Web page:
In support of elite politics

4 04 2015

It is well-known that the current military junta has been miffed and sometimes angered that the government of the United States is unable to support Asia’s one military dictatorship. At times it has even organized demonstrations at the US Embassy even when it has banned political gatherings.

In this context, we imagine that the leadership will be delighted that four long-time American residents have gotten together to pen an op-ed that is supportive of many of the claims made by the military dictatorship and by the anti-democrats who worked hand-in-glove with the military to bring down Thailand’s last elected government in 2014.

The four residents are William Klausner, James Stent, Robert Fitts and Danny Unger. Before turning to their joint op-ed, some background.

Klausner has made a career and life in Thailand, interpreting Thailand for foreigners. He claims to be an anthropologist and socio-political analyst. He began this in the 1950s and has managed to have the title “professor” attached to his name through various adjunct, advisory and visiting appointments such as at the Institute of Security and International Studies at Chulalongkorn University. He had links with the OSS/CIA group in Thailand from the 1950s to 1970s. He has written two books on Thailand, both popular and collections of observations and anecdotes that are claimed to constitute “Thai culture.” A royalist, he was received as a Member (Fifth Class) of the Most Exalted Order of the White Elephant. We had some comments on him in a post in 2012. He is believed to have been one of those responsible for circulating an anonymous document in 2006 that tried to denigrate foreign authors considered critical of the monarchy. That scurrilous document was reportedly circulated to foreigners in Bangkok, and claimed a conspiracy. It was claimed that these foreigners had assessed the king and his reign in “unacceptable ways.”

Bk of AsiaJames Stent is listed as a banker and analyst on political economy. At Vriens & Partners, he is listed as having had “a long and distinguished career in financial services in Thailand and China. He was the senior executive vice president of the Bank of Asia in Bangkok until his retirement in 2002, and continued to serve the bank as a director until 2004. He is currently a director of the China Everbright Bank…”. When Stent was at the Bank of Asia, it was chock full of royals, including the private secretary to the king’s mother (see the clip from The Nation in November 1988).

Robert Fitts is listed as a diplomat and political analyst. His bio at McLarty Associates, a consulting firm in Washington, doesn’t list him as a Thailand specialist or resident of any length of time, but has his diplomatic career. Like Klausner, he is linked to the Institute of Security and International Studies at Chulalongkorn University.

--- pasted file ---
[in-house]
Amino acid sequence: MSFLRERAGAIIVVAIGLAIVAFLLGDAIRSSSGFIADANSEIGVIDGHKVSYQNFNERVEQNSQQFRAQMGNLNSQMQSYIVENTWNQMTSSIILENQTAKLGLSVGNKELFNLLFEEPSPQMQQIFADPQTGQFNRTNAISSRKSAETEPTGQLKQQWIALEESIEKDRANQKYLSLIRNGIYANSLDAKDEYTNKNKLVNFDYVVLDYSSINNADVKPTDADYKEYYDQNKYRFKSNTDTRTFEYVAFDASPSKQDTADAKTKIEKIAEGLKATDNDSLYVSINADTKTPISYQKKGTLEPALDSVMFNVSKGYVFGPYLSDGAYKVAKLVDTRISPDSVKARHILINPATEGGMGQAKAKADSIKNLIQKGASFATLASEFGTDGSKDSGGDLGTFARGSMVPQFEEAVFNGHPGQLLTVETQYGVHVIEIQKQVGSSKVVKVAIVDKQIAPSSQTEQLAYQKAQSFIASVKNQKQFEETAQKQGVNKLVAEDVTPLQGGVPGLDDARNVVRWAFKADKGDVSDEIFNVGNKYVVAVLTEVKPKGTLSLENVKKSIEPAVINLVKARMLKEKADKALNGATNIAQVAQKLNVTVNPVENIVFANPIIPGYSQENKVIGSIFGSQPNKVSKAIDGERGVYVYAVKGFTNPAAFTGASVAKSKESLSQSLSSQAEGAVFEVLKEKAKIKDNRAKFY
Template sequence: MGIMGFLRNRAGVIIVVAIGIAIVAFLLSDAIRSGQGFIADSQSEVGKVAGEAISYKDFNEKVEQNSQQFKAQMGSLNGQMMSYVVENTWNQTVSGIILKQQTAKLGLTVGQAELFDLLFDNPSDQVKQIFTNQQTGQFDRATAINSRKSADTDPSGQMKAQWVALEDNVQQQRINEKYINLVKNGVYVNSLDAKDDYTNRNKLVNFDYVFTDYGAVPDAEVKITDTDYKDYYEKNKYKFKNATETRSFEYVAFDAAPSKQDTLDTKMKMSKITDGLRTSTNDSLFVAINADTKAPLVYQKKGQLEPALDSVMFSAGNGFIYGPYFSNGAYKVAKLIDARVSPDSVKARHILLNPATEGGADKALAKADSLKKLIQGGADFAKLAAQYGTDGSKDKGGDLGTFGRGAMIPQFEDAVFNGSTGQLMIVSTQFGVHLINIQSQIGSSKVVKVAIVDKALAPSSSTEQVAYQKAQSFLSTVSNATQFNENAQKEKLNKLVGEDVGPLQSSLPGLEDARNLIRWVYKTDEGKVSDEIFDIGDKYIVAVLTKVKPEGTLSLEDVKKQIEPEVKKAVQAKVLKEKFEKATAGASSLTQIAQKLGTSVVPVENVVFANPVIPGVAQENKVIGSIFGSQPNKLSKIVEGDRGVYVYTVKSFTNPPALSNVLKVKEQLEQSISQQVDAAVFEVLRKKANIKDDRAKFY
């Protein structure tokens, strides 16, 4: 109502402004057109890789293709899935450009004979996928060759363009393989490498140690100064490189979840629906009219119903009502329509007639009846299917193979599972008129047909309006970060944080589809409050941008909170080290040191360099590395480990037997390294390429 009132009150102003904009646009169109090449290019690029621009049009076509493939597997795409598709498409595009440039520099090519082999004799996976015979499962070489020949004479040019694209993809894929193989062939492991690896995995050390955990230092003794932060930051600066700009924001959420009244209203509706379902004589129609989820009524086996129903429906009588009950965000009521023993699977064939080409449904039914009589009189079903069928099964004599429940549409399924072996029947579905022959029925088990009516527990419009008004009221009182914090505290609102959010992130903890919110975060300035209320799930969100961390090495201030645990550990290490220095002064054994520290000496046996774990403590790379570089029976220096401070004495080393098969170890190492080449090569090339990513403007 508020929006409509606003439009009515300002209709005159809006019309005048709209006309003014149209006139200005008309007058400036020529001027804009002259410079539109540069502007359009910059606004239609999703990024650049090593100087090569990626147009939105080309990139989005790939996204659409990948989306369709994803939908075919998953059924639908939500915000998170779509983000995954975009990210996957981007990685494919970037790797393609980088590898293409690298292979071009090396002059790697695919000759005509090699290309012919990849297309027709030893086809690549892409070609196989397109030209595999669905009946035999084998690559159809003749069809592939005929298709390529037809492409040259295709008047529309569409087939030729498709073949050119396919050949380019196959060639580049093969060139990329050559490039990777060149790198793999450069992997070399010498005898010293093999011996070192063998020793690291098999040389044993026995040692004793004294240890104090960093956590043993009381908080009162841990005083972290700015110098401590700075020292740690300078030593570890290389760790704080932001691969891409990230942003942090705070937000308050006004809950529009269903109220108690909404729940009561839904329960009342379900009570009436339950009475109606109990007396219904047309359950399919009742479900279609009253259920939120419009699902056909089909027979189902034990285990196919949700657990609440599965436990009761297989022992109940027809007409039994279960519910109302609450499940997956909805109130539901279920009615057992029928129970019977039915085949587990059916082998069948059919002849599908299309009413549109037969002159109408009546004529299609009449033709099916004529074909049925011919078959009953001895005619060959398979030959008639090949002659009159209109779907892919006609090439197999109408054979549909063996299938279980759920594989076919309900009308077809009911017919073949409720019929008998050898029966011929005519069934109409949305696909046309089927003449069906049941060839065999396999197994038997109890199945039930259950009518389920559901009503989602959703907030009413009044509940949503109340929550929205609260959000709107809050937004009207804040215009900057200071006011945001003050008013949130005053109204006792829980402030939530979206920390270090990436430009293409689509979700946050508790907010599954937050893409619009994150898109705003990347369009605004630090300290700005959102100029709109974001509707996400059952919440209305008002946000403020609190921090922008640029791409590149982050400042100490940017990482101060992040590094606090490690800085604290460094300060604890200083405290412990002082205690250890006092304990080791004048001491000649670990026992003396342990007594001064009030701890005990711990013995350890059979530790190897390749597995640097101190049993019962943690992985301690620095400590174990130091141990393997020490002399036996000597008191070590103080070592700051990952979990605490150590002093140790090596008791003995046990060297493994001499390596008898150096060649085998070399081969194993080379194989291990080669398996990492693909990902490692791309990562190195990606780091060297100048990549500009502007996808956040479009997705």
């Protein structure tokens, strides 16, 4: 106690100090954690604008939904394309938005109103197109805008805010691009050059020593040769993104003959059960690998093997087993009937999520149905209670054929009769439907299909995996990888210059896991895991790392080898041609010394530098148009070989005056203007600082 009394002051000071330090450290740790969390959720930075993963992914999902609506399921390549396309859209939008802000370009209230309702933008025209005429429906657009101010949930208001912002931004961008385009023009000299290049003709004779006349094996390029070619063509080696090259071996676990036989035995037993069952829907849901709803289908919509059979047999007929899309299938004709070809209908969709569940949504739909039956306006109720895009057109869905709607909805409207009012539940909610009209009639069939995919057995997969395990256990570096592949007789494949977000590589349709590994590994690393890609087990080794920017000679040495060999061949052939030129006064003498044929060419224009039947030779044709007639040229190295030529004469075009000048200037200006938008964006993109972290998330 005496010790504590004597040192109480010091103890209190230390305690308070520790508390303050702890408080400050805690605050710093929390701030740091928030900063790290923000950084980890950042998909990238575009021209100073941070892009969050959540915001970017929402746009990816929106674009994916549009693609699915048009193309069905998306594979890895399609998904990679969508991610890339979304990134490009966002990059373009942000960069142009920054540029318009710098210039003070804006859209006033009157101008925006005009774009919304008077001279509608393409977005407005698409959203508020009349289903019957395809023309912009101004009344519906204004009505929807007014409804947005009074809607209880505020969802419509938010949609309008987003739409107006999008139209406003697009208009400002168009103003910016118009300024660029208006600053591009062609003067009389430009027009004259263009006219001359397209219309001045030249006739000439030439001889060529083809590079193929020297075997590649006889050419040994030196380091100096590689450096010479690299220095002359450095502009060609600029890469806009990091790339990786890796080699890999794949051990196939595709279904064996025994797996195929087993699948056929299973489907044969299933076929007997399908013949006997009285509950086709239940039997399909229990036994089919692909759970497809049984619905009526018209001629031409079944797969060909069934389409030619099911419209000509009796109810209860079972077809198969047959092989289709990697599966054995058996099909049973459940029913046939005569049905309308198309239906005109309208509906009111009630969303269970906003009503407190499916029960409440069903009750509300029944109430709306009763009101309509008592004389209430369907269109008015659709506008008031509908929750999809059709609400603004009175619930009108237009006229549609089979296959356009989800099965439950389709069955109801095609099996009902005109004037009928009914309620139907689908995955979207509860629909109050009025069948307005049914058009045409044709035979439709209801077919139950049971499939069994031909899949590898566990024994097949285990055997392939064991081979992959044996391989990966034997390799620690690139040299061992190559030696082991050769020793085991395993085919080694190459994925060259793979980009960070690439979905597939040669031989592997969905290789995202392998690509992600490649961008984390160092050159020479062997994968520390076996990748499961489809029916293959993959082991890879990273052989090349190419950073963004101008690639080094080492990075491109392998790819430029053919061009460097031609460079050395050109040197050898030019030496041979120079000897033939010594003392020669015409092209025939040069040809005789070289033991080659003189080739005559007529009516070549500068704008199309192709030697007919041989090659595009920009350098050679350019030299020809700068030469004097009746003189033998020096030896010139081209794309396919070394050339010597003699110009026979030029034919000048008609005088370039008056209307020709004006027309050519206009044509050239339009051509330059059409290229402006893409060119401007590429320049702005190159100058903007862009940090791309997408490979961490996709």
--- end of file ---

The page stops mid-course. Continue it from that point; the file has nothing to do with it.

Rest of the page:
Danny Unger is said to be a teacher and writer on politics. He was once an Associate Professor at the University of Northern Illinois. He is the only one in this group with an academic background. It is not clear what his current position is.

We assume that there must be a reason for four Americans coming together to make this statement, and we assume that the reason is that they are frustrated by the American government’s refusal to accept Thailand’s military junta with open arms, as this government has so readily done in the past.

In a long piece there are certainly statements that some of us at PPT would find reasonable and fair. However, this is an elite version of a “liberalism” espoused by conservatives for the benefit of the elite.

These elite-connected commentators begin by questioning why “several foreign governments have exhorted Thailand to ‘bring back democracy’ and ‘hold elections’.” For them, declaring their longevity a reason for confidence in their opinions, such calls are “well-intentioned exhortations” but are “counter-productive and simplistic, revealing inadequate understanding of the cultural, social, and political challenges that Thailand must deal with if it is to develop sustainable democratic governance.”

Their claim that they “are colour blind” is a fudge as all are deeply embedded in elite culture and politics, and have been for a long time. Indeed, given there many years in Thailand, through periods of military dictatorship and stumbling electoral politics, we have struggled to locate declarations from them in the past that are supportive of electoral politics or that trenchantly stand against military intervention. They have surely had plenty of opportunities to denounce military murder, repression, lese majeste and media censorship over the past five decades!

That they suddenly find voice the day after General Prayuth Chan-ocha has more deeply entrenched his authoritarian regime is telling. Making their view largely congruent with the anti-democrats and the military junta, they say “Thailand needs less to return to any democracy already achieved than to build a democracy that can be sustained.”